Fish use colorful patterns to signal to each other, including advertising for mates and warding off rivals. Studying these colors, especially in small and squirmy species, sometimes entails anesthetizing and photographing the fish to obtain color measurements from digital images.
Typical measurements include the hue (what we typically think of as the "color"), saturation (the intensity of the color, a function of how much gray is mixed in with it, also called "chroma") and brightness (how much white or black is mixed in with the color). The differences among individuals may be subtle and require precise measurement. The ultimate goal for behavioral ecology studies is usually to examine the relationship between behavior and the colors as other fish see them. However, anesthetics may themselves alter coloration, influencing the very traits the researchers are trying to study.
Males of the livebearing tropical fish Girardinus metallicus are very aggressive when competing for mates. These males have yellow bodies, and males whose yellow is brighter and more saturated are more aggressive. A paper published in The Journal of Fish Biology shows that the commonly used fish anesthetics clove oil and tricaine methanesulfonate (MS222) affect color measurements obtained from digital images.
The researchers photographed the fish individually in a water-filled chamber without anesthetics, anesthetized with clove oil, and anesthetized with MS22 (in randomized order) and measured the hue, saturation and brightness of multiple body regions from digital images measured using computer software. They demonstrated that the anesthetics altered the hue (though it was always within the yellow range), increased the saturation and decreased the brightness of multiple body regions.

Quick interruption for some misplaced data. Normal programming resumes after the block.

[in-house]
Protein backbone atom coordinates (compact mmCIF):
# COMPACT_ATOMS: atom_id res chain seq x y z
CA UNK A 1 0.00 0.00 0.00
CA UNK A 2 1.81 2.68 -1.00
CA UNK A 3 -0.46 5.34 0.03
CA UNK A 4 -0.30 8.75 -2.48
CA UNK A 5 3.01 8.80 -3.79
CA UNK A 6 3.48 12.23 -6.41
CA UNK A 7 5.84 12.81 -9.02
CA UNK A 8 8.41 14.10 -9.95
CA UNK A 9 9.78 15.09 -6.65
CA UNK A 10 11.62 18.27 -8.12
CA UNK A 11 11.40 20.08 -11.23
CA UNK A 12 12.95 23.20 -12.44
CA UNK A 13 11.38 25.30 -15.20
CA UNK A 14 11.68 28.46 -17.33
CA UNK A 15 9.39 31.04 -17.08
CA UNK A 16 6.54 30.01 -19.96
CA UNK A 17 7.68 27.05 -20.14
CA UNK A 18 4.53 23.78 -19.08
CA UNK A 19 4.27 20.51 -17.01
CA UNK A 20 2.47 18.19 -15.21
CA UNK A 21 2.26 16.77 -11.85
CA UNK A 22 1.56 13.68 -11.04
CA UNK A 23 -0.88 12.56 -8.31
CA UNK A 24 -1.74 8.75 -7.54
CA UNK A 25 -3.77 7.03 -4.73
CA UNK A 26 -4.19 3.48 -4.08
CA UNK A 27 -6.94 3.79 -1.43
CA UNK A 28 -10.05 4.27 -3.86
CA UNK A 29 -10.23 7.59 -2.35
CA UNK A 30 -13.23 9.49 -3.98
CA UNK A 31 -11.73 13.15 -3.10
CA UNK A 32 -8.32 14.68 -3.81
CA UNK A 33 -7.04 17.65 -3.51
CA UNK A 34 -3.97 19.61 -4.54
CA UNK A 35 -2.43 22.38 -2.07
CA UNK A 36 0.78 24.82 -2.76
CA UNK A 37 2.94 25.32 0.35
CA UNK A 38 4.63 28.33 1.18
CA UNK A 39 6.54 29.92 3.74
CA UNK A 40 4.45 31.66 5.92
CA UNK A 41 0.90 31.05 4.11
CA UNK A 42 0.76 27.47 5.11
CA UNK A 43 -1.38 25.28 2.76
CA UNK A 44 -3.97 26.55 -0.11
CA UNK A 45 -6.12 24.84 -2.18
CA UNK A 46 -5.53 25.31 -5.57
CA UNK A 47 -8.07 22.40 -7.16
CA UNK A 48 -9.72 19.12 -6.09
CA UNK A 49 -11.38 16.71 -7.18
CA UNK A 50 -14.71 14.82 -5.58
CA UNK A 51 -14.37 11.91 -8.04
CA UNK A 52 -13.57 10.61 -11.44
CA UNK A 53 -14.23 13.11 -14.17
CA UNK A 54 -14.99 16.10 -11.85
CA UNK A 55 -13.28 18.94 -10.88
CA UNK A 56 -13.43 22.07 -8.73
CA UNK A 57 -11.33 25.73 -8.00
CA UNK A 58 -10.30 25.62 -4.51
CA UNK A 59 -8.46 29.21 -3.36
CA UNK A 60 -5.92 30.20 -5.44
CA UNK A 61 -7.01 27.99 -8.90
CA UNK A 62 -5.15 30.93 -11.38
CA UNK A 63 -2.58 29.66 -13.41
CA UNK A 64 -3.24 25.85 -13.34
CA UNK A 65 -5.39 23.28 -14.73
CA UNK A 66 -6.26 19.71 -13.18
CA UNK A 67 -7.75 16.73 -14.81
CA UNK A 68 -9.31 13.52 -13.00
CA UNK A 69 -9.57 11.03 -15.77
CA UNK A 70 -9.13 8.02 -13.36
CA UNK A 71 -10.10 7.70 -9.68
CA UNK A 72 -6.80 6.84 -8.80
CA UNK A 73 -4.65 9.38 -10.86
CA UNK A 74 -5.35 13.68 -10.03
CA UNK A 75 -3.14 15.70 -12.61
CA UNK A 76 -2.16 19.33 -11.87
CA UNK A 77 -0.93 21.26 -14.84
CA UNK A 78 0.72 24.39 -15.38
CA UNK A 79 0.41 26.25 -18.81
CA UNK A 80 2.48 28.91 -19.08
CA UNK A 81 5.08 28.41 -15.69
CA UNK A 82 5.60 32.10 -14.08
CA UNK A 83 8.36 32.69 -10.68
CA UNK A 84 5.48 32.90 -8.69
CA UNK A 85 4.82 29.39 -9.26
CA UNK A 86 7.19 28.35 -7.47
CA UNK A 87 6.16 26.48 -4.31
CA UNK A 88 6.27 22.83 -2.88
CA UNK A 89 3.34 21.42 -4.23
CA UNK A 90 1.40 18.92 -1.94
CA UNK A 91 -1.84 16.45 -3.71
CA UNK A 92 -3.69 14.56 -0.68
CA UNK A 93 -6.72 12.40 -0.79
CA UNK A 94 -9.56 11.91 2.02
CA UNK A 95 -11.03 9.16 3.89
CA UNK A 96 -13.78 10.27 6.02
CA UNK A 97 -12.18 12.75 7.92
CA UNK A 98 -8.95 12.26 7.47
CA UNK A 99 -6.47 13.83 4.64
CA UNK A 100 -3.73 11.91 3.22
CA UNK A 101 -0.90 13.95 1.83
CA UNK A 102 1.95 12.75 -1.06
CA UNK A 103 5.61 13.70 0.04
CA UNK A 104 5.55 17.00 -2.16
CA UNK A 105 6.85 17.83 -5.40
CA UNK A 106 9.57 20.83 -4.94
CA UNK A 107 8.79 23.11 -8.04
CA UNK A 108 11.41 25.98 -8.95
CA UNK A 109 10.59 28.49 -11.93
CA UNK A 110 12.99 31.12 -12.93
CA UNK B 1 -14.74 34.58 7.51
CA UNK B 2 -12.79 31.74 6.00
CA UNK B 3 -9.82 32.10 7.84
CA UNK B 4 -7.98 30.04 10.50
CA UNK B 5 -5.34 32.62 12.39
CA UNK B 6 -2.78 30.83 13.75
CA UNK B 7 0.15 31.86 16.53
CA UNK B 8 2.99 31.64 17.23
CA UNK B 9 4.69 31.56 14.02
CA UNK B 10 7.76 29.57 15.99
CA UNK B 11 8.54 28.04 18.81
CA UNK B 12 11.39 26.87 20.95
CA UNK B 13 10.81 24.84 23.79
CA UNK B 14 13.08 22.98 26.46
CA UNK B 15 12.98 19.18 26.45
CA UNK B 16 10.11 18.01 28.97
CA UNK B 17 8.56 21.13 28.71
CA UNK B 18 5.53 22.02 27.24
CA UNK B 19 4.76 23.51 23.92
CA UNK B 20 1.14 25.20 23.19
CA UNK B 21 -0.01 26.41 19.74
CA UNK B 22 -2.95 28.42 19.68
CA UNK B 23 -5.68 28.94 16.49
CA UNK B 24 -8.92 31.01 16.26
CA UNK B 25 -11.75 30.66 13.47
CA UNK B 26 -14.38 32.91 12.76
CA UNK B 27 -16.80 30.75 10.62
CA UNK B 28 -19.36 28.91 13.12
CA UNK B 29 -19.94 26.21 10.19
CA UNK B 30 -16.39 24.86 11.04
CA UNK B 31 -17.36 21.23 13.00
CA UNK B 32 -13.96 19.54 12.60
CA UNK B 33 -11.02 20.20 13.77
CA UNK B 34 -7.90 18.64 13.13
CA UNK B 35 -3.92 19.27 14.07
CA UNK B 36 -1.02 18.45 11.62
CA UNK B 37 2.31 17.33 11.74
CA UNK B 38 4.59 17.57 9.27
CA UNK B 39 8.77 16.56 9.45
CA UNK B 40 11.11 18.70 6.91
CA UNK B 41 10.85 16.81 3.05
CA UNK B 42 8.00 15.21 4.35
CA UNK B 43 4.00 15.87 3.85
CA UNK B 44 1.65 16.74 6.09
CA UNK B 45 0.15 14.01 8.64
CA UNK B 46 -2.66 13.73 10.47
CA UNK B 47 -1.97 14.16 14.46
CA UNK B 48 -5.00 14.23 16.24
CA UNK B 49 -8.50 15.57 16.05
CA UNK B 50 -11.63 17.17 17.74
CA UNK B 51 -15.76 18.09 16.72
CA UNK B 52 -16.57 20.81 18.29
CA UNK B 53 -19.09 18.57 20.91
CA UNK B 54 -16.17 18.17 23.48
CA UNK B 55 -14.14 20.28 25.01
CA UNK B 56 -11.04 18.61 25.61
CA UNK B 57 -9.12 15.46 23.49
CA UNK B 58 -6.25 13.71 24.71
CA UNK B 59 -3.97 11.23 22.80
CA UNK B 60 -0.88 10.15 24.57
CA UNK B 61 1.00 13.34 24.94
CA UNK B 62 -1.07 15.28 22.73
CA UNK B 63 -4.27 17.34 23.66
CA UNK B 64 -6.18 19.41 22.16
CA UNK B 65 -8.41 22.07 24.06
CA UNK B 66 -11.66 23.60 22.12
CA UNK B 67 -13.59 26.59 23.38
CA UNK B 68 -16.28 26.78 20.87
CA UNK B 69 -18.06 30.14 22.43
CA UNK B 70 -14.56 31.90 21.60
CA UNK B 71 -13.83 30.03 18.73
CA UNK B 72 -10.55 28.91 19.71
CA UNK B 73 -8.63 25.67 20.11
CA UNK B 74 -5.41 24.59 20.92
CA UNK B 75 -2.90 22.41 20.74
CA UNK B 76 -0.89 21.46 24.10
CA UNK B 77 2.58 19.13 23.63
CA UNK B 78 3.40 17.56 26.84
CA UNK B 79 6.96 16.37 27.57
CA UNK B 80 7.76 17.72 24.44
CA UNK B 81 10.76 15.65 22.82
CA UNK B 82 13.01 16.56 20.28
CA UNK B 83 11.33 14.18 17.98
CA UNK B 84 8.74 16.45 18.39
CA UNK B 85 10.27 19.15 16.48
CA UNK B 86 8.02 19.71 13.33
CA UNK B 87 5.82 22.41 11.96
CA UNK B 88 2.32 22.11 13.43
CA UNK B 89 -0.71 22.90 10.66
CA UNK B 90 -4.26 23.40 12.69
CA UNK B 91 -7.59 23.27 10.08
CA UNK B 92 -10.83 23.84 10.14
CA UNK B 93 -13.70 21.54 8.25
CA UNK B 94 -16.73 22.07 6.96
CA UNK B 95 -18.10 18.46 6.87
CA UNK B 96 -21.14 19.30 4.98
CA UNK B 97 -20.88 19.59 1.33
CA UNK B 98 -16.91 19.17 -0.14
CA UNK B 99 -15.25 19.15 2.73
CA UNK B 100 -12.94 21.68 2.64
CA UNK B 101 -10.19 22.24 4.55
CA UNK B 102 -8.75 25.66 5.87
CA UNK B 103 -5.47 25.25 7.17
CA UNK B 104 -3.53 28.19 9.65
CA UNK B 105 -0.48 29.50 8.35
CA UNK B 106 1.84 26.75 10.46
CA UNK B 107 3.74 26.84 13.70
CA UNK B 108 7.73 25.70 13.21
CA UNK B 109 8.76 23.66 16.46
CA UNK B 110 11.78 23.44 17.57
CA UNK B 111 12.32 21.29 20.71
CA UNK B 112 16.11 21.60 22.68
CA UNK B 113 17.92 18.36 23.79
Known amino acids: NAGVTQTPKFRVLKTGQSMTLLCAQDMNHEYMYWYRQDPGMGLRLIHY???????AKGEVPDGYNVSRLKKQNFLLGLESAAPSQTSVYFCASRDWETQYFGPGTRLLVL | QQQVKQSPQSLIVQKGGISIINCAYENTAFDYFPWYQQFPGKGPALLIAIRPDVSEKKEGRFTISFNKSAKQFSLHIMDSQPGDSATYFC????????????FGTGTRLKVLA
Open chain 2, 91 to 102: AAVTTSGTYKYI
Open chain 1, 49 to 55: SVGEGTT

The alteration was likely due to rapid "physiological" color change, caused by the movement of structures called melanosomes inside melanin pigment-producing cells. When melanosomes disperse, the area appears dark, and when melanosomes aggregate, the area appears light. The anesthetics may have caused dispersion of melanosomes and consequent darkening of the yellow body regions.
The results that the authors report could be important for multiple disciplines, including behavioral studies with the goals of linking coloration to behavioral variation and comparing groups of fishes to understand the impacts of coloration on evolutionary fitness, studies aimed at understanding the physiological impacts of investment into color traits, and aquaculture studies attempting to characterize the quality of stocks based on coloration traits.
The authors suggest caution when using anesthetics to immobilize fish for certain color measurements. Instead, they advocate a method already employed by some researchers: photographing these types of fish in a small, water-filled chamber under controlled light conditions and with color standards to minimize movement while obtaining results more indicative of the color likely to be seen by other fish in the wild.